As the Ruin Falls
C. S. Lewis
All this is flashy rhetoric about loving you.
I never had a selfless thought since I was born.
I am mercenary and self-seeking through and through:
I want God, you, all friends, merely to serve my turn.
Peace, re-assurance, pleasure, are the goals I seek,
I cannot crawl one inch outside my proper skin:
I talk of love—a scholar’s parrot may talk Greek—
But, self-imprisoned, always end where I begin.
Only that now you have taught me (but how late) my lack.
I see the chasm. And everything you are was making
My heart into a bridge by which I might get back
From exile, and grow man. And now the bridge is breaking.
For this I bless you as the ruin falls. The pains
You give me are more precious than all other gains.
I have been guilty many, many times to reacting (mostly silently) when I hear people utter, in the face of devastation, Why would God allow this to happen?
Or those inevitable words: God doesn’t want this to happen.
I have to admit that I have felt somewhat smug in my internal response to these cries. Not that I didn’t sympathize. Or feel compassion at the sorrow.
It’s just that I felt I could see over the top of the tragedy. I thought I could see the design there.
Life. Maintenance. Death.
An ever-running circle from the cradle to the grave. And the shroud of seeming indifference to the methods by which each stage is achieved.
What did it matter, except to the person, if someone died from cancer or from a car accident? Just as it didn’t matter whether someone was born face up or butt-first.
Except to the bearing mother.
The concepts were absolute, after all.
Life. Maintenance. Death.
We are born. We live as best we can. And we die.
Stop trying to editorialize it, I would think. Stop trying to make it into something that reflects our values. And not the values of The Universe.
Stupidity can be amusing. Or crushing, when the light of truth is shone on it.
For most of my adult life I have had a low-level muttering going on in my relationship with God. If only, it went.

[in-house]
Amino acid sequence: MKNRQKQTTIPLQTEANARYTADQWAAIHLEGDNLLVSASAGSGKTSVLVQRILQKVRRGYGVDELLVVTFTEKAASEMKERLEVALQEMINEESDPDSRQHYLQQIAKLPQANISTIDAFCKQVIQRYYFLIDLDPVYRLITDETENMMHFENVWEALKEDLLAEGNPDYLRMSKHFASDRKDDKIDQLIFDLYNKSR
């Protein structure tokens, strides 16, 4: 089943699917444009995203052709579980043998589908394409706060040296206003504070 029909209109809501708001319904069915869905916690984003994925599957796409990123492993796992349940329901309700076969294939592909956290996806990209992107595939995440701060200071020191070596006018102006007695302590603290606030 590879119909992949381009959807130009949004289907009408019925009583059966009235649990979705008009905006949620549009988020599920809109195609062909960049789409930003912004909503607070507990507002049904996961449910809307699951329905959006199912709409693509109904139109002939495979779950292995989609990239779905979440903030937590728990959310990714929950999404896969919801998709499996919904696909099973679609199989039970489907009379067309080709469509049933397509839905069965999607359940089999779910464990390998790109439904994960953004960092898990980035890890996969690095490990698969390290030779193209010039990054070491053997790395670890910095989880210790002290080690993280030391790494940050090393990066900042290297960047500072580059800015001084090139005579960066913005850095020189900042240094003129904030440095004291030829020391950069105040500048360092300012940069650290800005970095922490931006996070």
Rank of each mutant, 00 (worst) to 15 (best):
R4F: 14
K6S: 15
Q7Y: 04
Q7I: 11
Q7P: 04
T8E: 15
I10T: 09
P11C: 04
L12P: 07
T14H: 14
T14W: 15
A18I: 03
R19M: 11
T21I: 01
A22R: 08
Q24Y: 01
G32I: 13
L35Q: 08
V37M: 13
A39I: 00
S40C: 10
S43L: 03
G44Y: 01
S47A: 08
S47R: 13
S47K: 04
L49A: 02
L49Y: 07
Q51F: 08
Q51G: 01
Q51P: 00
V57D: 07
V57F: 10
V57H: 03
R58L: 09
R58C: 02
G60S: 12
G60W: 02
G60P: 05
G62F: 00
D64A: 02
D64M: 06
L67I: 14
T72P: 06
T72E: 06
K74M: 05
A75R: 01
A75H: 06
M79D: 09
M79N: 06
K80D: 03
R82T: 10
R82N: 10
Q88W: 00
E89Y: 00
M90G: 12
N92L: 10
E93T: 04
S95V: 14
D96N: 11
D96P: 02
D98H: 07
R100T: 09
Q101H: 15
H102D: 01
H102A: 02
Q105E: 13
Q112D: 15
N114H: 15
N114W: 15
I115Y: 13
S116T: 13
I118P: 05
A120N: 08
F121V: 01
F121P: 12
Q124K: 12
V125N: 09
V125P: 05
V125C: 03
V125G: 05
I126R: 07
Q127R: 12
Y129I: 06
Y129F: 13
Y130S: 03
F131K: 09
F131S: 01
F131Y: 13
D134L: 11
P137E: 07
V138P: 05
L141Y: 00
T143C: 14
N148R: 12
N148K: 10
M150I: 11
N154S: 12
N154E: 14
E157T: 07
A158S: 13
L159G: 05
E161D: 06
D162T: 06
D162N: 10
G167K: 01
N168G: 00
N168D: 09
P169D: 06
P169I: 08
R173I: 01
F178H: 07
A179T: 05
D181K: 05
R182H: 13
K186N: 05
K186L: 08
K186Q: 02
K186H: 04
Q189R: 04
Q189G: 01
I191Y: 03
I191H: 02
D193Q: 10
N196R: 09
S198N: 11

Not like other peoples’ mutterings. Oh, no.
If only you had a central nervous system, I grumbled. If only you had nerves.
It wasn’t the cycle of life I complained of. Or the shocking points on it.
It was the seeming disorder of it all. The sloppiness of life I objected to.
The walking through shards of glass, when a swept walk would make a more efficient route.
You just don’t get it, I would repeatedly sigh to God.
I didn’t object to the events of life, per se, but, it seems, I did object to the way life didn’t reflect my demand for order. Spiritual order.
If God is love, then why this mess? Why this disorder?
A kitchen should be kept neat. A bathroom scrubbed on a regular basis. Sheets changed.
Should not our relationship with God be so kept?
Life on Earth is life on Earth. Messy, complicated, and, at times, painful. The process of death can be even worse.
But, in spite of all that, shouldn’t our relationship with God be one of order? And shouldn’t that order create a stability that will infuse our lives? Bind it.
Shouldn’t we find in the absolute nature of God an absolute experience of love?
No, Julia. Apparently not.
My projections on God of the way my relationship with God should work were just as weak-minded as someone declaring that a person died against God’s will.
Over these past weeks, I have had repeated experiences of putting my hands down into the shards of the devastation of my life and watching as I was impaled by the thorns of it all. I would watch as blood dripped down my arms. Down my body.
As Jesus bled.
For me, it was always the other way around.
Jesus bled as we bleed. Because we bleed. He took on our pain.
And, yet, there I was sitting, realizing that I bled as Jesus bled. That you bleed as Jesus bled.
That Jesus did not come to stop our bleeding. Or to clean up the process. Make it neat and clean.
I always wanted that to be so.
He bled as we bleed.
He put his body down into the shards of the devastation that was his life, and he bled.
How could there not be perfect order in it all?
Where is the design in such disarray?
If Jesus does not bring divine form into the mess, who does?
And so, I was instructed by God, this is the look of my love.
I had to lift my head and look away.
There has to be design, my heart cried.
There has to be.
Not just cutting and blood and stiffness and neglect.
That is the design, I am told.
And so, in spite of myself, I had to look back. I had to look at the mess. The battlefield of our hearts. Strewn parts. Broken.
And in the imperfection of the expression of God’s love, I could see the glimmer.
A bit of brightness.
A touch of beauty.
But just a touch.
It will take quite a while, I think, for my heart to acknowledge chaos.
For my heart to give up its infinite attachment to order.